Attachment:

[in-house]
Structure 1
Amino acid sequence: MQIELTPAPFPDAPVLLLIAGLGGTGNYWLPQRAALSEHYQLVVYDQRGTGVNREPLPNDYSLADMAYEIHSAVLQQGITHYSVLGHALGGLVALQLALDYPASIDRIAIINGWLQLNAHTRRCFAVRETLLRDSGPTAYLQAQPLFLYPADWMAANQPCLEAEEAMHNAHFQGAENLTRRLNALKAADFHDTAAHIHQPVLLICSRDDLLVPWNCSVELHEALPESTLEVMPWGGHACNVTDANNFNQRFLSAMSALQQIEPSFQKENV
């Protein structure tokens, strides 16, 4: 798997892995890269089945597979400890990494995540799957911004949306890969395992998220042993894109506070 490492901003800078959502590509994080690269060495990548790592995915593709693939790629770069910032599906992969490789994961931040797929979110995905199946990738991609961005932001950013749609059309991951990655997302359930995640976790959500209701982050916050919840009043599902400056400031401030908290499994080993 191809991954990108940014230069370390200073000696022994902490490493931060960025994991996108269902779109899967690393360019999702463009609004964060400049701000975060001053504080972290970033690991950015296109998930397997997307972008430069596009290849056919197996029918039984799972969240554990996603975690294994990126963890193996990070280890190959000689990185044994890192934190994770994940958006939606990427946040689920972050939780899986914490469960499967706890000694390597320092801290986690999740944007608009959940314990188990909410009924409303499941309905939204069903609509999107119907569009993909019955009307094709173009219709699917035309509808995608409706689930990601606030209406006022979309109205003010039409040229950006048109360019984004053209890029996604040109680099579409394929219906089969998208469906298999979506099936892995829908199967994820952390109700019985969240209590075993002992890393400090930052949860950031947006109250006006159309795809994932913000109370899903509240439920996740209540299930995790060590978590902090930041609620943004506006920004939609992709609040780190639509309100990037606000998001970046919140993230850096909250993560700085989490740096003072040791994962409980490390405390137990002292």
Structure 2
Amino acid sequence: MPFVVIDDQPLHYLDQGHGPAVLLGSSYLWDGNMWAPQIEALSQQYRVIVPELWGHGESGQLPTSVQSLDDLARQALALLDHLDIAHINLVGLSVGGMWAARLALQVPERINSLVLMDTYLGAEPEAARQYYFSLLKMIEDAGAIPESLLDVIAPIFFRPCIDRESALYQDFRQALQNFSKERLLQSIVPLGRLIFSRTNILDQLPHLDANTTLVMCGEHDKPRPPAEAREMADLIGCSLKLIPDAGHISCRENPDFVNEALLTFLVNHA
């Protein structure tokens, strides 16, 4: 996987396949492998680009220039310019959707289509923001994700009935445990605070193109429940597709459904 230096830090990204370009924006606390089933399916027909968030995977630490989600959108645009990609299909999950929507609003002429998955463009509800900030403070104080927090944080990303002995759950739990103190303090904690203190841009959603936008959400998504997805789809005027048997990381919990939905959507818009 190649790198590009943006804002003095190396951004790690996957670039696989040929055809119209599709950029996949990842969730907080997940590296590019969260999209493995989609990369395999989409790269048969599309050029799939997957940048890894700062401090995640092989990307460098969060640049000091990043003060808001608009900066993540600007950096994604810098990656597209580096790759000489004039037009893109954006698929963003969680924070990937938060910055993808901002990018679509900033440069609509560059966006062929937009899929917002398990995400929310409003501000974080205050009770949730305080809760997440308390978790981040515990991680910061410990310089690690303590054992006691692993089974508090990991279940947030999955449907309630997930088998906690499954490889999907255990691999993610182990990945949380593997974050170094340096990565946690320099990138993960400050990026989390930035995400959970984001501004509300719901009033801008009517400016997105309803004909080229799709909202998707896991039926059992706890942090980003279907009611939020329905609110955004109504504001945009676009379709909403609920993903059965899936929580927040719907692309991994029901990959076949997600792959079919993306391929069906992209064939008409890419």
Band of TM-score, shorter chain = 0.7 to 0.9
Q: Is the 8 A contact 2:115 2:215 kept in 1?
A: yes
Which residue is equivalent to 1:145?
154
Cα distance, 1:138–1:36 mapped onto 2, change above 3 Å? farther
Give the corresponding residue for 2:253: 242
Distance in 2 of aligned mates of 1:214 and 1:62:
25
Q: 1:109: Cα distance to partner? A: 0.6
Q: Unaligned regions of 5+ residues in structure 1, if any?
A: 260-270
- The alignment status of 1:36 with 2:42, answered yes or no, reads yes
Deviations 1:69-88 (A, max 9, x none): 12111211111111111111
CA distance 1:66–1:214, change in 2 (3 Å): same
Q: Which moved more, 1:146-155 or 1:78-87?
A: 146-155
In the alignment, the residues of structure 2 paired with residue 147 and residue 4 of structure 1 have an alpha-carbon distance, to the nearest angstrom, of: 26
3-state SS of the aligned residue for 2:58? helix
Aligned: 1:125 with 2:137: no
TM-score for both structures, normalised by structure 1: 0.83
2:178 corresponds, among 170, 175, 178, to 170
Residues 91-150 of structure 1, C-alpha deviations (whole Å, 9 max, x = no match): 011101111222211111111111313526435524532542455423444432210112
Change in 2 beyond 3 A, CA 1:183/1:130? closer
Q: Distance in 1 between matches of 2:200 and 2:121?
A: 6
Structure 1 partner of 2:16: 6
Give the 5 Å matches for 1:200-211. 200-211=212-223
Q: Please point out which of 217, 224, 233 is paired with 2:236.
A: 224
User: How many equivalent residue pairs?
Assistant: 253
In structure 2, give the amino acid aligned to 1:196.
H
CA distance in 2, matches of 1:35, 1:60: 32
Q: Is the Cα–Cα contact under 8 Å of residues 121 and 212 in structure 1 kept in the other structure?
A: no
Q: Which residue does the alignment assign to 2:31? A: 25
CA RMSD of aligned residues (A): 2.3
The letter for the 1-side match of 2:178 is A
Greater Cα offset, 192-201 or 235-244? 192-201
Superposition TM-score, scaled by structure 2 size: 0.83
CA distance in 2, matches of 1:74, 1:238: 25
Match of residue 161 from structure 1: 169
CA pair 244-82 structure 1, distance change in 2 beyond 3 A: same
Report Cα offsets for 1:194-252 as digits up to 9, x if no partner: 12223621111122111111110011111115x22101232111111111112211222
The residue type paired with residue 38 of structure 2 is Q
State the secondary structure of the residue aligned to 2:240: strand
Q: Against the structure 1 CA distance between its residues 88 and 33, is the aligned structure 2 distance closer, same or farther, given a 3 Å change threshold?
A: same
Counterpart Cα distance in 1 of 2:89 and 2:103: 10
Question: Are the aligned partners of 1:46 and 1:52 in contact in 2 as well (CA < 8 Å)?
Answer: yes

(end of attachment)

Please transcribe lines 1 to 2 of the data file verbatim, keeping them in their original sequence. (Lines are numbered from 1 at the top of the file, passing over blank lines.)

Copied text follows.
[in-house]
Structure 1